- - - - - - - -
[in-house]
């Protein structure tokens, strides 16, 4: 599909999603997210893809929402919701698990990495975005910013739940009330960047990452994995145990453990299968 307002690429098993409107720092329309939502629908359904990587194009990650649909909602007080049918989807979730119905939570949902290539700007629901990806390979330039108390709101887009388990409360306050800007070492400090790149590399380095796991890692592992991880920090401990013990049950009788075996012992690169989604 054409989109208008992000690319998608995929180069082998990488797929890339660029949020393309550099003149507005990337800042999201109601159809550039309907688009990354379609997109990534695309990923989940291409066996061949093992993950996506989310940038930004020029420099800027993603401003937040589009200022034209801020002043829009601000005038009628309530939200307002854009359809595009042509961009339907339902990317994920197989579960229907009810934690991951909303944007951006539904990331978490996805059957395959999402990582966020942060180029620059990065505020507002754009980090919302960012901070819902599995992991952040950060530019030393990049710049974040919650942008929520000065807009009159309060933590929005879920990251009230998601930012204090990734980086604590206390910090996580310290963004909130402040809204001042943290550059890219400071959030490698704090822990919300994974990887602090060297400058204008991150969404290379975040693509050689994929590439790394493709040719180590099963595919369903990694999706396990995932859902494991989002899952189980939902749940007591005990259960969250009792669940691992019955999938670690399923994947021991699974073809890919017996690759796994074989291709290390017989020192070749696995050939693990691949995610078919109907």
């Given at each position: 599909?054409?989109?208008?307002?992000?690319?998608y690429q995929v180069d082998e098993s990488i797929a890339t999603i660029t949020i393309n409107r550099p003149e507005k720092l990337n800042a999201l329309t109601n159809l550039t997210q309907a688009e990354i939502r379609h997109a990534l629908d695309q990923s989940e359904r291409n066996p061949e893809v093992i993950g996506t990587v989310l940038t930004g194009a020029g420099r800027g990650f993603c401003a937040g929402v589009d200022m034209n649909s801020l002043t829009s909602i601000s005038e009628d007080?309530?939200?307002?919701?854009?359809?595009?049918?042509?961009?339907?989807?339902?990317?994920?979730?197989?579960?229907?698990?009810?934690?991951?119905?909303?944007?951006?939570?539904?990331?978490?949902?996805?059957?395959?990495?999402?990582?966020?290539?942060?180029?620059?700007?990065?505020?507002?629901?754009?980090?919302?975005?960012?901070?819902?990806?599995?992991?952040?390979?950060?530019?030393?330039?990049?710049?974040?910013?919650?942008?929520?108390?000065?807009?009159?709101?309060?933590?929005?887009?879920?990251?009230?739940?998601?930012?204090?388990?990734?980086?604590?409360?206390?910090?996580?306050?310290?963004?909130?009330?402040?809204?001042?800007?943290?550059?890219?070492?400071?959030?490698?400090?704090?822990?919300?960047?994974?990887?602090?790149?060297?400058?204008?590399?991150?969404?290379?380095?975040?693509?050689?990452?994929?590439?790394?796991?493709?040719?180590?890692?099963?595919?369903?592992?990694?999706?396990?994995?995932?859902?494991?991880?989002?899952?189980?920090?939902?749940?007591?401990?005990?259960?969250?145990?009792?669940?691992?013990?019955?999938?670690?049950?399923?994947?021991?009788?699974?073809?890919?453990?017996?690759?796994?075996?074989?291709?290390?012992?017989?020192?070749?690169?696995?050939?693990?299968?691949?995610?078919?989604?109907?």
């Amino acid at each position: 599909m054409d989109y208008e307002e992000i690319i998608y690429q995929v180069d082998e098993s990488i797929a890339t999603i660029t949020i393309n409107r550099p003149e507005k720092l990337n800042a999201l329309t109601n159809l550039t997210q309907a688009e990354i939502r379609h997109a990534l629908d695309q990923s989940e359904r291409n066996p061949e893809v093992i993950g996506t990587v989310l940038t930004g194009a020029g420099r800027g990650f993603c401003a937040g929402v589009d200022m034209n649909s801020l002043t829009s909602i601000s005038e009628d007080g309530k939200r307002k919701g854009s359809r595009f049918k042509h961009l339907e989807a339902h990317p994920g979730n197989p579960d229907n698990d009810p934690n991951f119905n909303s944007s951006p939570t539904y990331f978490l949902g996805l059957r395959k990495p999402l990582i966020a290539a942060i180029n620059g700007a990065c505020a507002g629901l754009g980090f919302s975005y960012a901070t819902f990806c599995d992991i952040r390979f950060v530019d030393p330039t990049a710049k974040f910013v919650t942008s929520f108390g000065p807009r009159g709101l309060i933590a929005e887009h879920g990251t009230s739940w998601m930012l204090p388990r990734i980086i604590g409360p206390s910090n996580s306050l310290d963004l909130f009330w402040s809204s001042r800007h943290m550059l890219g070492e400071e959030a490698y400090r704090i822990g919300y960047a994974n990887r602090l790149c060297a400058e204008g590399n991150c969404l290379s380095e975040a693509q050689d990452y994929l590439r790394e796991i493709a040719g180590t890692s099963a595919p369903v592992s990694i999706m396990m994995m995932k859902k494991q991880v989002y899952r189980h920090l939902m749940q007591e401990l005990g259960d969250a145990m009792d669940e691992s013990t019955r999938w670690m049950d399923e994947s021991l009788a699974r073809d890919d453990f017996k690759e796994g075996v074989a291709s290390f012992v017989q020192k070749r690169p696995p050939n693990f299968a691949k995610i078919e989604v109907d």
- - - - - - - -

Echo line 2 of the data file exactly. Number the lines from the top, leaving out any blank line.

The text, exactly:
């Protein structure tokens, strides 16, 4: 599909999603997210893809929402919701698990990495975005910013739940009330960047990452994995145990453990299968 307002690429098993409107720092329309939502629908359904990587194009990650649909909602007080049918989807979730119905939570949902290539700007629901990806390979330039108390709101887009388990409360306050800007070492400090790149590399380095796991890692592992991880920090401990013990049950009788075996012992690169989604 054409989109208008992000690319998608995929180069082998990488797929890339660029949020393309550099003149507005990337800042999201109601159809550039309907688009990354379609997109990534695309990923989940291409066996061949093992993950996506989310940038930004020029420099800027993603401003937040589009200022034209801020002043829009601000005038009628309530939200307002854009359809595009042509961009339907339902990317994920197989579960229907009810934690991951909303944007951006539904990331978490996805059957395959999402990582966020942060180029620059990065505020507002754009980090919302960012901070819902599995992991952040950060530019030393990049710049974040919650942008929520000065807009009159309060933590929005879920990251009230998601930012204090990734980086604590206390910090996580310290963004909130402040809204001042943290550059890219400071959030490698704090822990919300994974990887602090060297400058204008991150969404290379975040693509050689994929590439790394493709040719180590099963595919369903990694999706396990995932859902494991989002899952189980939902749940007591005990259960969250009792669940691992019955999938670690399923994947021991699974073809890919017996690759796994074989291709290390017989020192070749696995050939693990691949995610078919109907």